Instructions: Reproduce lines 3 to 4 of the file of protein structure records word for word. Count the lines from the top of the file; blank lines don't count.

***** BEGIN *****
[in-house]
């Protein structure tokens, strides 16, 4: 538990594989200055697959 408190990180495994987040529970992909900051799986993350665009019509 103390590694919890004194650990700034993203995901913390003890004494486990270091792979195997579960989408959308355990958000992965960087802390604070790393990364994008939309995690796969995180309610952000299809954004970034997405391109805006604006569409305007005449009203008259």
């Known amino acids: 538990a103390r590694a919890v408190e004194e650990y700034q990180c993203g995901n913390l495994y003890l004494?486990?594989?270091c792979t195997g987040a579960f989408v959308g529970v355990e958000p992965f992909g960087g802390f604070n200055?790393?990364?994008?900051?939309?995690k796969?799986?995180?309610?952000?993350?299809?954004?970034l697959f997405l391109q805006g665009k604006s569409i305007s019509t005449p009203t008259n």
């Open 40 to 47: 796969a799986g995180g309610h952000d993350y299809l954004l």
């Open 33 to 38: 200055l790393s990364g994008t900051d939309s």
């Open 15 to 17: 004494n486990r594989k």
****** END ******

């Known amino acids: 538990a103390r590694a919890v408190e004194e650990y700034q990180c993203g995901n913390l495994y003890l004494?486990?594989?270091c792979t195997g987040a579960f989408v959308g529970v355990e958000p992965f992909g960087g802390f604070n200055?790393?990364?994008?900051?939309?995690k796969?799986?995180?309610?952000?993350?299809?954004?970034l697959f997405l391109q805006g665009k604006s569409i305007s019509t005449p009203t008259n």
């Open 40 to 47: 796969a799986g995180g309610h952000d993350y299809l954004l």